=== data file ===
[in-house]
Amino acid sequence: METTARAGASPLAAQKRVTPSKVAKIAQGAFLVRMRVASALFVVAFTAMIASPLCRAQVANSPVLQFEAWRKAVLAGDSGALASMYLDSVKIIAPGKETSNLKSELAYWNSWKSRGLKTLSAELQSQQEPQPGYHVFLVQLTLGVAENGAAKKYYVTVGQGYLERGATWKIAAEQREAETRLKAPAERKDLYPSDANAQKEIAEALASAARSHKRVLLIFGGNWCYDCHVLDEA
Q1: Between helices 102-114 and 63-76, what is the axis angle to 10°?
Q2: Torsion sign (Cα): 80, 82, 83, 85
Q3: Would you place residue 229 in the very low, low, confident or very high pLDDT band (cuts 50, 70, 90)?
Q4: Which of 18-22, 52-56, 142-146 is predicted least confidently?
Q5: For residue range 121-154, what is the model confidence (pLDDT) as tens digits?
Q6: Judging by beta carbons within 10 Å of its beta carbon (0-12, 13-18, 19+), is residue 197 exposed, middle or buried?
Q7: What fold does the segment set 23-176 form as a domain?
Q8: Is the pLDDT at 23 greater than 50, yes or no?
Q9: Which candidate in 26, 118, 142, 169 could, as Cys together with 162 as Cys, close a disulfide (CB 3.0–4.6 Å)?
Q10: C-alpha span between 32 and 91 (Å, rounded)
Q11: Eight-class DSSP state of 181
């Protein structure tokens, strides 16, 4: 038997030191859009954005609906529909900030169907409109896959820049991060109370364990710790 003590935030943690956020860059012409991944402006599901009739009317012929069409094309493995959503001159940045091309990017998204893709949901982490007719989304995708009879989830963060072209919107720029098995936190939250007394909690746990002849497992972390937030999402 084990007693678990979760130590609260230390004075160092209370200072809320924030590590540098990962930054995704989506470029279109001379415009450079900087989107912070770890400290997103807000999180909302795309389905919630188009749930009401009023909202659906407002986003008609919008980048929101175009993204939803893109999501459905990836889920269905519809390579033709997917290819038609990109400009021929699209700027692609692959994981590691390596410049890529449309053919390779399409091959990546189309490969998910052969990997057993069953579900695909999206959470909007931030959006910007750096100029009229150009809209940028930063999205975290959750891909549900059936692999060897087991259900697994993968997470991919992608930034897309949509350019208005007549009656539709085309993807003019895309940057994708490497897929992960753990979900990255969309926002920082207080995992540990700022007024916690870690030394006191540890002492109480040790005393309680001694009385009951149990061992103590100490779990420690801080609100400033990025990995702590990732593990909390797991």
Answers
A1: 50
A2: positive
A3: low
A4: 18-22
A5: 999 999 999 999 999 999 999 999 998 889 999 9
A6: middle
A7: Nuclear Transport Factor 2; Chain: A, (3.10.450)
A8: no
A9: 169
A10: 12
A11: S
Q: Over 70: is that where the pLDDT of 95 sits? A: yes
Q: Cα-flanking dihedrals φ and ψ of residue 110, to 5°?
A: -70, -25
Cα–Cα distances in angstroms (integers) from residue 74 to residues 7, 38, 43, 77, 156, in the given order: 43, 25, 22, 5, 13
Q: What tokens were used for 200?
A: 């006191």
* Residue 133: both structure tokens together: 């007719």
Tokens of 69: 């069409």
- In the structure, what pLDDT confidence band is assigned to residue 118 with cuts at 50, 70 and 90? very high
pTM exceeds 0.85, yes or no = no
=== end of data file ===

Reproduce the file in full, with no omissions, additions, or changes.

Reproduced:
[in-house]
Amino acid sequence: METTARAGASPLAAQKRVTPSKVAKIAQGAFLVRMRVASALFVVAFTAMIASPLCRAQVANSPVLQFEAWRKAVLAGDSGALASMYLDSVKIIAPGKETSNLKSELAYWNSWKSRGLKTLSAELQSQQEPQPGYHVFLVQLTLGVAENGAAKKYYVTVGQGYLERGATWKIAAEQREAETRLKAPAERKDLYPSDANAQKEIAEALASAARSHKRVLLIFGGNWCYDCHVLDEA
Q1: Between helices 102-114 and 63-76, what is the axis angle to 10°?
Q2: Torsion sign (Cα): 80, 82, 83, 85
Q3: Would you place residue 229 in the very low, low, confident or very high pLDDT band (cuts 50, 70, 90)?
Q4: Which of 18-22, 52-56, 142-146 is predicted least confidently?
Q5: For residue range 121-154, what is the model confidence (pLDDT) as tens digits?
Q6: Judging by beta carbons within 10 Å of its beta carbon (0-12, 13-18, 19+), is residue 197 exposed, middle or buried?
Q7: What fold does the segment set 23-176 form as a domain?
Q8: Is the pLDDT at 23 greater than 50, yes or no?
Q9: Which candidate in 26, 118, 142, 169 could, as Cys together with 162 as Cys, close a disulfide (CB 3.0–4.6 Å)?
Q10: C-alpha span between 32 and 91 (Å, rounded)
Q11: Eight-class DSSP state of 181
């Protein structure tokens, strides 16, 4: 038997030191859009954005609906529909900030169907409109896959820049991060109370364990710790 003590935030943690956020860059012409991944402006599901009739009317012929069409094309493995959503001159940045091309990017998204893709949901982490007719989304995708009879989830963060072209919107720029098995936190939250007394909690746990002849497992972390937030999402 084990007693678990979760130590609260230390004075160092209370200072809320924030590590540098990962930054995704989506470029279109001379415009450079900087989107912070770890400290997103807000999180909302795309389905919630188009749930009401009023909202659906407002986003008609919008980048929101175009993204939803893109999501459905990836889920269905519809390579033709997917290819038609990109400009021929699209700027692609692959994981590691390596410049890529449309053919390779399409091959990546189309490969998910052969990997057993069953579900695909999206959470909007931030959006910007750096100029009229150009809209940028930063999205975290959750891909549900059936692999060897087991259900697994993968997470991919992608930034897309949509350019208005007549009656539709085309993807003019895309940057994708490497897929992960753990979900990255969309926002920082207080995992540990700022007024916690870690030394006191540890002492109480040790005393309680001694009385009951149990061992103590100490779990420690801080609100400033990025990995702590990732593990909390797991």
Answers
A1: 50
A2: positive
A3: low
A4: 18-22
A5: 999 999 999 999 999 999 999 999 998 889 999 9
A6: middle
A7: Nuclear Transport Factor 2; Chain: A, (3.10.450)
A8: no
A9: 169
A10: 12
A11: S
Q: Over 70: is that where the pLDDT of 95 sits? A: yes
Q: Cα-flanking dihedrals φ and ψ of residue 110, to 5°?
A: -70, -25
Cα–Cα distances in angstroms (integers) from residue 74 to residues 7, 38, 43, 77, 156, in the given order: 43, 25, 22, 5, 13
Q: What tokens were used for 200?
A: 């006191």
* Residue 133: both structure tokens together: 């007719």
Tokens of 69: 């069409």
- In the structure, what pLDDT confidence band is assigned to residue 118 with cuts at 50, 70 and 90? very high
pTM exceeds 0.85, yes or no = no